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New insights into frequency and contents of fear of cancer progression/recurrence (FOP/FCR) in outpatients with colorectal carcinoma (CRC) receiving oral capecitabine: a pilot study at a comprehensive cancer center

Authors Hefner J, Berberich S, Lanvers E, Sanning M, Steimer A, Kunzmann V

Received 28 May 2017

Accepted for publication 25 July 2017

Published 14 November 2017 Volume 2017:11 Pages 1907—1914

DOI https://doi.org/10.2147/PPA.S142784

Checked for plagiarism Yes

Review by Single-blind

Peer reviewers approved by Dr Akshita Wason

Peer reviewer comments 2

Editor who approved publication: Dr Johnny Chen

Jochen Hefner,1 Sara Berberich,2 Elena Lanvers,3 Maria Sanning,2 Ann-Kathrin Steimer,2 Volker Kunzmann4

1Section of Psychosomatic Medicine, Department of Internal Medicine II, University of Wuerzburg, 2Faculty of Medicine, University of Wuerzburg, Bavaria, 3Children’s Hospital of the City of Cologne, North Rhine-Westphalia, 4Section of Clinical Oncology, Department of Internal Medicine II, University of Wuerzburg, Bavaria, Germany

Background: Fear of cancer progression/recurrence (FOP/FCR) is considered one of the most prevalent sources of distress in cancer survivors and associated with lower quality of life and functional impairment. Detailed measures of FOP/FCR are needed because little is known about the knowledge of FOP/FCR, its associations with the patient–doctor relationship, and the rate of adequate therapy. Colorectal cancer (CRC) is one of the most prevalent cancer entities, and oral capecitabine is widely prescribed as treatment. Therefore, we initiated a pilot study to expand the literature on FOP/FCR in CRC outpatients receiving capecitabine and to generate hypotheses for future investigations.
Methods: This study included 58 patients treated at a comprehensive cancer center. FOP/FCR was assessed with the Fear of Progression Questionnaire (FOP-Q-SF). Satisfaction with the relationships with doctors was assessed with the Patient–Doctor Relationship Questionnaire-9 (PRDQ-9). Levels of side effects were rated by the patients on a visual analog scale. Clinical data were extracted from the charts.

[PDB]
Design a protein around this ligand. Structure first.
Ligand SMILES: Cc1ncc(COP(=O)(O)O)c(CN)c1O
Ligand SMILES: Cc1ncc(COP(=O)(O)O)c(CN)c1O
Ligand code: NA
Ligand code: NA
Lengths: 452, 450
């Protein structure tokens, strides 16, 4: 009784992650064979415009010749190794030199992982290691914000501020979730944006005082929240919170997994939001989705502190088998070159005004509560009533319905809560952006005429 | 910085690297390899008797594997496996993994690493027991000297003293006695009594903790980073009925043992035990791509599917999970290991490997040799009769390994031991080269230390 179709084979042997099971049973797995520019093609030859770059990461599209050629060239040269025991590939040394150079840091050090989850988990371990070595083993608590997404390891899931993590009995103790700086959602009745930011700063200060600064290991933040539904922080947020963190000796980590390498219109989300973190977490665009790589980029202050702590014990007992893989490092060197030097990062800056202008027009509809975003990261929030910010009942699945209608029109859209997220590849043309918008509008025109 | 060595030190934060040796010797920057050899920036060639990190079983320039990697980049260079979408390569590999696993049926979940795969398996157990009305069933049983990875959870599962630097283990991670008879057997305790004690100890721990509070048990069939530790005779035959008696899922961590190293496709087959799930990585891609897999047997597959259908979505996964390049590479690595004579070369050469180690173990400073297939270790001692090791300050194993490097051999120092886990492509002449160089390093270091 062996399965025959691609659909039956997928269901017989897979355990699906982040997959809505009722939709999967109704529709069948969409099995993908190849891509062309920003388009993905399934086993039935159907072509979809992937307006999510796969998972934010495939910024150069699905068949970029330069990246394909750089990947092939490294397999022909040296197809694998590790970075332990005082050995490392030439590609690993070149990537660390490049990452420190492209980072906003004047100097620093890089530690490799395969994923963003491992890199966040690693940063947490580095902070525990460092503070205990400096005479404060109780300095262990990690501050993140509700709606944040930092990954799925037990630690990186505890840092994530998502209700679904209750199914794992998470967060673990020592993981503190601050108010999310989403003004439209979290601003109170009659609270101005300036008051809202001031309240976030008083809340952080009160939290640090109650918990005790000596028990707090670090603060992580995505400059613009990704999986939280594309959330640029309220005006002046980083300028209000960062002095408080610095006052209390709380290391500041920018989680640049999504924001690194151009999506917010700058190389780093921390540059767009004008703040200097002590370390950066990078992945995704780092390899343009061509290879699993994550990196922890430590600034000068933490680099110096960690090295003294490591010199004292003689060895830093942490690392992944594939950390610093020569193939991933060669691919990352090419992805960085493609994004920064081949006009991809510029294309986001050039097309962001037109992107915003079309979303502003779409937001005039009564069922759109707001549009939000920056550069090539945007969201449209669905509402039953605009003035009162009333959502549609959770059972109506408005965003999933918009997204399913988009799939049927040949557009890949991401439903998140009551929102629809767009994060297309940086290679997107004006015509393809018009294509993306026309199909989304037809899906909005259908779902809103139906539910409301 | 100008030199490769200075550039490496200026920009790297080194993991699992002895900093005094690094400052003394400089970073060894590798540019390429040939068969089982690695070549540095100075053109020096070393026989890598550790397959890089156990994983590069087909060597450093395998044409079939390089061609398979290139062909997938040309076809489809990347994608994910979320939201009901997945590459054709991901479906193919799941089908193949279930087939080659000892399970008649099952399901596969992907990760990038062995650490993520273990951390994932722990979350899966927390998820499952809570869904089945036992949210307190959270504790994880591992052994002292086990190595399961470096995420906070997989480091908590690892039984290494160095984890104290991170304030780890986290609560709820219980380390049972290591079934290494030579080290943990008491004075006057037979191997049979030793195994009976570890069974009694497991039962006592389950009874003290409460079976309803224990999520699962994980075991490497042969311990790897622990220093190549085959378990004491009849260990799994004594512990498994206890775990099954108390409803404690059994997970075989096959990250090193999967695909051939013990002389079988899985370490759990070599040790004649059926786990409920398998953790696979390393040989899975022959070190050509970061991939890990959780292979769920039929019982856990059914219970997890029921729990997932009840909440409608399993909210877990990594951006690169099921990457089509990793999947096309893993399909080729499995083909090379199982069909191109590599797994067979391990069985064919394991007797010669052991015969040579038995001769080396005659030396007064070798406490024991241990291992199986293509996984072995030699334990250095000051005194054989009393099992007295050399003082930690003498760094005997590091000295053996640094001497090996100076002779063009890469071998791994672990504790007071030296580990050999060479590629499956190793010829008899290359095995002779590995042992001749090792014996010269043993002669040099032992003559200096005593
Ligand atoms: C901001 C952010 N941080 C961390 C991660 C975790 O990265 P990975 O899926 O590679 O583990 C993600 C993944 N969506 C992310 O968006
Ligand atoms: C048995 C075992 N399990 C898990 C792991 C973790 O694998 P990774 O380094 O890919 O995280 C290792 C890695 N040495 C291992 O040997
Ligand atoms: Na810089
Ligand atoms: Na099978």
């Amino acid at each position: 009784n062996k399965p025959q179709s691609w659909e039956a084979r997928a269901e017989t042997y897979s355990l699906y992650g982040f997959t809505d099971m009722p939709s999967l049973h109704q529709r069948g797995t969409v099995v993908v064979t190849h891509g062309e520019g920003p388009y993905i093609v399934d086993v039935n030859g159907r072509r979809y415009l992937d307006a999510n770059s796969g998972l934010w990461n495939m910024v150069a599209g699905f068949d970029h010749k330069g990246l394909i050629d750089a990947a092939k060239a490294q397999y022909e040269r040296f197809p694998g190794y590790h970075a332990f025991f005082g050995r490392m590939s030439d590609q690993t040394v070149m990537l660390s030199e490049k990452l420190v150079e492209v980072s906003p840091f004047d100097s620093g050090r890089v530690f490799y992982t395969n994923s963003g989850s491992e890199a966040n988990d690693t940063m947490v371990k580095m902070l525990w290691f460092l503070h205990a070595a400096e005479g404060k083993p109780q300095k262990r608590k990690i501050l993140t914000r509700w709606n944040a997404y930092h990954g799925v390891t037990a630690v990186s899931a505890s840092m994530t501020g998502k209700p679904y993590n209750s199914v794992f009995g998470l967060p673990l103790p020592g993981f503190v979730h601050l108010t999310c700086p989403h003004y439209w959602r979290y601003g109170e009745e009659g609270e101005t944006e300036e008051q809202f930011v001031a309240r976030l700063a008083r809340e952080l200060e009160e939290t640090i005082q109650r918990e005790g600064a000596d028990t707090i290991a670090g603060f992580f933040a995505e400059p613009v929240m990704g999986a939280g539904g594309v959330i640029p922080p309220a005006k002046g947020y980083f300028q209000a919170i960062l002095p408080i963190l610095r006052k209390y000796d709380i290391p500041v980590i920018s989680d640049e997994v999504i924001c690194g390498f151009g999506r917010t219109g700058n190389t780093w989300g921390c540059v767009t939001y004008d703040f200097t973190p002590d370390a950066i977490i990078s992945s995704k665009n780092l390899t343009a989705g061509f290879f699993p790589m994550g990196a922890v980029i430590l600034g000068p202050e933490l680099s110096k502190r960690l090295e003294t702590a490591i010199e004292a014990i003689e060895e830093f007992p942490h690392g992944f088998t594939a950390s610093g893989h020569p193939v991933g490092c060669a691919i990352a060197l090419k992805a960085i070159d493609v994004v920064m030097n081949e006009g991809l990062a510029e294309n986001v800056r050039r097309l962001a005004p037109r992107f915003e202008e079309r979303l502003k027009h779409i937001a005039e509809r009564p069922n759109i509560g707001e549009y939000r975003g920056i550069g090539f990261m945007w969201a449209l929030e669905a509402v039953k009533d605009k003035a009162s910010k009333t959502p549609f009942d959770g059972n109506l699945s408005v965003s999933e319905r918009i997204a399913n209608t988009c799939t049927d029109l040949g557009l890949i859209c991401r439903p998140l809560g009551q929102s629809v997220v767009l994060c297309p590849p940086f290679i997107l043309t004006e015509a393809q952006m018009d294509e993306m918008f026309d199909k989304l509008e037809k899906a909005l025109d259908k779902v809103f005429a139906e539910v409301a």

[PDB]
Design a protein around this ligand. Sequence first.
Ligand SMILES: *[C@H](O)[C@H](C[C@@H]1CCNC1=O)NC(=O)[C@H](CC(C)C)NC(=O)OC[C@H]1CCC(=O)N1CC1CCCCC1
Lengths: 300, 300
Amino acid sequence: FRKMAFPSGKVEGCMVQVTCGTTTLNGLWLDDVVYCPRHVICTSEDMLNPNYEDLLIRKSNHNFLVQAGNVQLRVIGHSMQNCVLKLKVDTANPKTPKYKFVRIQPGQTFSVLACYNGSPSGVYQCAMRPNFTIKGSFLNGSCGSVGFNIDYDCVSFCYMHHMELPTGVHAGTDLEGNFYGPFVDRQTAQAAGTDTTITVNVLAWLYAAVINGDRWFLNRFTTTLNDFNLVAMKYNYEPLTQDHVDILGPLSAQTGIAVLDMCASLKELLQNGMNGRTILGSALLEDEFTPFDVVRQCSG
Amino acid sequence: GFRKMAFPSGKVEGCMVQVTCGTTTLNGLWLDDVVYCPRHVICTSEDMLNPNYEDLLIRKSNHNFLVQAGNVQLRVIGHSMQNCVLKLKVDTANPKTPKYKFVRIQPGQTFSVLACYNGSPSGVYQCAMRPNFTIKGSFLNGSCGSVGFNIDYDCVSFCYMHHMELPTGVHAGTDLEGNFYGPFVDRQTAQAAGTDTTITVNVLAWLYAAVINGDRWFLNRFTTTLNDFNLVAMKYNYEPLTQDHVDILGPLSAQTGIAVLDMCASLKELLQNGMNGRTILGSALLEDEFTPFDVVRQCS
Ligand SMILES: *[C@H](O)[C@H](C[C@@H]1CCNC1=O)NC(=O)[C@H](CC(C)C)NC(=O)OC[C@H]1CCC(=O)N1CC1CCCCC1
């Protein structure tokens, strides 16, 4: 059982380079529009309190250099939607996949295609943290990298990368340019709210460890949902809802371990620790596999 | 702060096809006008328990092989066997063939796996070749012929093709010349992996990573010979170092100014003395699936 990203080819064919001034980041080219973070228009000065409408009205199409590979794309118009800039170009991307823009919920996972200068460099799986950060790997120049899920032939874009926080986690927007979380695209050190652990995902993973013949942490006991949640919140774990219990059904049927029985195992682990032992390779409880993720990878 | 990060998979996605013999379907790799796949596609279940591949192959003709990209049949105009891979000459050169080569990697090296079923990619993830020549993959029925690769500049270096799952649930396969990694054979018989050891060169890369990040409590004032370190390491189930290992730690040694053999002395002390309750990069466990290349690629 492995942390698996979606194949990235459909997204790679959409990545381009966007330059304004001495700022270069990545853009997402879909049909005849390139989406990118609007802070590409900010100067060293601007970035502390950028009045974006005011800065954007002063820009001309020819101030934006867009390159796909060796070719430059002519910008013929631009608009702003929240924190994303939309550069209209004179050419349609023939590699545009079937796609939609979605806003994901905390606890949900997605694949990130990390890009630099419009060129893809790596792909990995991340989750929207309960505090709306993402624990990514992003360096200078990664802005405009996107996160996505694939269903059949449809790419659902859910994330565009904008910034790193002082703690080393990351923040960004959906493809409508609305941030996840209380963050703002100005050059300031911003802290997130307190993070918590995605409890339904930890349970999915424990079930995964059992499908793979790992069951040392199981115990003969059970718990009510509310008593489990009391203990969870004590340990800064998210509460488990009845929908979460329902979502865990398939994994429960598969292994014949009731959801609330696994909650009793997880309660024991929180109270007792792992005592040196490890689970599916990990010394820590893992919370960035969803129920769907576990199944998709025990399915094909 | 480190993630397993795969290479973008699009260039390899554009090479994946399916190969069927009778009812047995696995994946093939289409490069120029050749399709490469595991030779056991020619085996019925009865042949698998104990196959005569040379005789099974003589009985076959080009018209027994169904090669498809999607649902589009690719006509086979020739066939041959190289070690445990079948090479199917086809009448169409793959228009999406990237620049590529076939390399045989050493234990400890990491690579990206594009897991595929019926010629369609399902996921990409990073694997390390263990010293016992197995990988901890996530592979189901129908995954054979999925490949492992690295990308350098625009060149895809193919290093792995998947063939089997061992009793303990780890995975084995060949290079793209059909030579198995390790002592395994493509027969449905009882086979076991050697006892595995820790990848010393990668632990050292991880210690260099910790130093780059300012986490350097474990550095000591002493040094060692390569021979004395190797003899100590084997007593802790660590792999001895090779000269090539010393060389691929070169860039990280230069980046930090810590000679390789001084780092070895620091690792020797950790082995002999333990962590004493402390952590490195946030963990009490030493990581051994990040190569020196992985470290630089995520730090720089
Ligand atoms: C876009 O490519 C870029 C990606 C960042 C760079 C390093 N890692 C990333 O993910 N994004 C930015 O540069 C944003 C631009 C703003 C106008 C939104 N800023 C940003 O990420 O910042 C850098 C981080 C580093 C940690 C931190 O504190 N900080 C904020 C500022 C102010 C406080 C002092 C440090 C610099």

Results: A total of 19 out of 58 patients (36%) suffered from FOP/FCR according to our assessment. Levels of FOP/FCR seemed to be mostly moderate to high. Only four out of the 19 distressed patients (21%) were treated accordingly. Typical side effects of oncological treatment were associated with higher FOP/FCR. Satisfaction with doctor–patient relationships was not associated with FOP/FCR. Regarding single items of FOP/FCR, three out of the five most prevalent fears were associated with close relatives.
Discussion: FOP/FCR occurred frequently in more than one in three patients, but was mostly untreated in this sample of consecutive outpatients with CRC receiving oral capecitabine. In detail, most fears were related to family and friends. In addition to an unmet need of patients, our data indicate sources of distress not considered thus far. If replicated in larger studies, results may help to inform intervention development and improve patient care.

Keywords: oral anticancer drugs, colorectal cancer, fear of progression, screening for distress, comprehensive management

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